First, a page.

Notes Toward a Race Riot Scene:

In April 1979, I was ten years old.

This is a short essay about vectors. It's about Brueghel's Icarus. It's about a girl walking home from school at the exact moment that her neighbor laces up his Doc Marten's, tight. It's about a partial and irrelevant nudity. It's about the novel as a form that processes the part of a scene that doesn't function as an image, but as the depleted, yet still livid mixture of materials that a race riot is made from. Think of the sky. Think of the clear April day with its cardigans and late afternoon rain shower. Think of the indigo sky lowering over London like a lid. Think of Blair Peach, the anti-racism campaigner and recent emigrant from New Zealand, who will die before this day is out.

Think about a cyborg to get to the immigrant.

Think of a colony. Think of the red and white daikon radishes in a tilted box on the pavement outside Dokal and Sons, on the corner of the Uxbridge Road and Lansbury Drive. Think of the road, which here we call asphalt: there, it is bitty. It is a dark silver with milky oil seams. A patch up job, Labour still in power, but not for long. It's 1979, St. George's Day, and the Far Right has decided to have its annual meeting in a council-run meeting hall in Southall, Middlesex, a London suburb in which it would be rare—nauseating—to see a white face.

To see anyone, actually. Everyone's indoors. Everyone can tell what's coming. It's not a riot, at this point, but a simple protest in an outlying area of London, an immigrant suburb: a banlieue. We board the glass up, draw the curtains and lie down. Lie down between the hand-sewn quilts shipped from India in a crate then covered in an outer cotton case stitched to the padding with a fine pink thread. The quilts smell of an antiseptic powder, an anti-fungal, Mars. We lie down beneath the blankets in front of the fire. It's 1979, so there's a small gas fire and a waist-high fridge, where we keep our milk and our eggs and our cheese, right there, in the living room. It's 1979, and so I live in Hayes, though in two months, after the riot, we'll sell our house and move.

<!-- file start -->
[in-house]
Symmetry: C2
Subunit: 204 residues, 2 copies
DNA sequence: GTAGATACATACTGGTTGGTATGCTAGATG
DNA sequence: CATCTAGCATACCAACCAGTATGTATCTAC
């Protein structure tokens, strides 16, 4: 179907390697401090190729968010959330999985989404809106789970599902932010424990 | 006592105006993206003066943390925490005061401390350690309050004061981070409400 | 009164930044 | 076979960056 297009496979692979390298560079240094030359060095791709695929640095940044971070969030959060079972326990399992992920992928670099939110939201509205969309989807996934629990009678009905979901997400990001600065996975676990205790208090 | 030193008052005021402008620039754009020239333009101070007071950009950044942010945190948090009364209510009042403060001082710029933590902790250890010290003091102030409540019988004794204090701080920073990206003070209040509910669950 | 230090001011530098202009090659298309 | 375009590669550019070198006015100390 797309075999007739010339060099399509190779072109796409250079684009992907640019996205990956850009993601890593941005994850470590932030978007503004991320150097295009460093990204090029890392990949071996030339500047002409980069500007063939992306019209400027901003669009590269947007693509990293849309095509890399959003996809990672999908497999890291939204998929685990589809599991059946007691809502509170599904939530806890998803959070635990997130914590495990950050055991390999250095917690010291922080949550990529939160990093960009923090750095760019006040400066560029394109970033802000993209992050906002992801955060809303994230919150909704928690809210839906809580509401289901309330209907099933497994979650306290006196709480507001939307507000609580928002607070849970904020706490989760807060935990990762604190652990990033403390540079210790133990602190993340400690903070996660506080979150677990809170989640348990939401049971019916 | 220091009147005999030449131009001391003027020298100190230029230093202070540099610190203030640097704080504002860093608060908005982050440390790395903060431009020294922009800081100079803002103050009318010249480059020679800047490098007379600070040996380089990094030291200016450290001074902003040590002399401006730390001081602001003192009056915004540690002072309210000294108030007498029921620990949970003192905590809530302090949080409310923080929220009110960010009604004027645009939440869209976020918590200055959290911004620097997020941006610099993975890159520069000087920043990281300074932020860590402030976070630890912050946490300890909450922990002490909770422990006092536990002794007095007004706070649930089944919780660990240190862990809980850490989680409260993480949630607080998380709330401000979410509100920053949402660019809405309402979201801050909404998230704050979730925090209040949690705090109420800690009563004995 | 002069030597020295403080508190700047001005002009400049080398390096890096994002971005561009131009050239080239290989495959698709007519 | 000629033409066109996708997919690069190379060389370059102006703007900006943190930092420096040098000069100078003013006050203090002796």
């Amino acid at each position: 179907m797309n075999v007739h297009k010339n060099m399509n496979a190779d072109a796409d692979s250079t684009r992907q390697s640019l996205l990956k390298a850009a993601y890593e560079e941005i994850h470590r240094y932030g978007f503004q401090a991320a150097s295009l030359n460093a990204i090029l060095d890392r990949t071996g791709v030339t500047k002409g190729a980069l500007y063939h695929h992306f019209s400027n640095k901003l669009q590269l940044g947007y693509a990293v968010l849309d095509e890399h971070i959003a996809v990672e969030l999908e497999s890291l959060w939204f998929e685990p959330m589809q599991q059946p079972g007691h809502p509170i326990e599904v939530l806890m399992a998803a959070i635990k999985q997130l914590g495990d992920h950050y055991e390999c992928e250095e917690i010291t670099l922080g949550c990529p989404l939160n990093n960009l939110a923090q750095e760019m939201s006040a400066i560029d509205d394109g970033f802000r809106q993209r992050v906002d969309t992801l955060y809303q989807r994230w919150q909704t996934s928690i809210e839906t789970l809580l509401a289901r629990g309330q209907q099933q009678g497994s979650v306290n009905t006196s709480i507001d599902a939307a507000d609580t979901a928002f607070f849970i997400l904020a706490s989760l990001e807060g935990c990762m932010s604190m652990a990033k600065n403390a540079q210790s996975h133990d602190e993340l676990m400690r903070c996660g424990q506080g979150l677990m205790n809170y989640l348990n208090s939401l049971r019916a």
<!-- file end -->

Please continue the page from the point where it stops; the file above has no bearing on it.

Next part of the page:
Move away. As would you.

Cobra Notes for Ban:

I want a literature that is not made from literature.

A girl walks home in the first minutes of a race riot, before it might even be called that—the sound of breaking glass as equidistant, as happening or coming from the street and from her home.

What loops the ivy-asphalt/glass-girl combinations? Abraded as it goes? I think, too, of the curved, passing sound that has no fixed source. In a literature, what would happen to the girl? She fails to orient, to take another step. I understand. She is collapsing to her knees then to her side in a sovereign position.

Notes for Ban, 2012: a year of sacrifice and rupture, murderous roses blossoming in the gardens of immigrant families with money problems, citizens with a stash: and so on. Eat a petal and die. Die if you have to. See: end-date, serpent-gate. Hole. I myself swivel around and crouch at the slightest unexpected sound.

When she turned her face to the ivy, I saw a cube of bunched-up foil propped between the vines. Posture made a circuit from the ivy to her face. The London street a tiny jungle: dark blue and shimmering a bit, from the gold/brown tights she was wearing beneath her skirt. A girl stops walking and lies down on a street in the opening scene of a riot. Why? At points it rains. In a novel that no one writes or thinks of writing, the rain falls in lines and dots upon her. In the loose genetics of what makes this street real, the freezing cold, vibrating weather sweeping through south-east England at 4 p.m. on an April afternoon is very painful. Sometimes there is a day and sometimes there is a day reduced to its symbolic elements: a cup of broken glass; the Queen’s portrait on a thin bronze coin; dosage; rain.

This is why a raindrop indents the concrete with atomic intensity. This is why the dark green, glossy leaves of the ivy are so green: multiple kinds of green: as night falls on the "skirt." The outskirts of London: les banlieues.

Read more in TCR 3.19 (Winter 2013)—the narrative issue.

Kapil will also draw on the work above in her talk titled “What is Ban? [A short talk on narrative and diaspora]” on February 15 at 2:30pm at Capilano University, Library room 322, North Vancouver, with respondents Gail Scott, Ashok Mathur, and Alex Leslie. Sponsored by TCR and the Liberal Studies BA.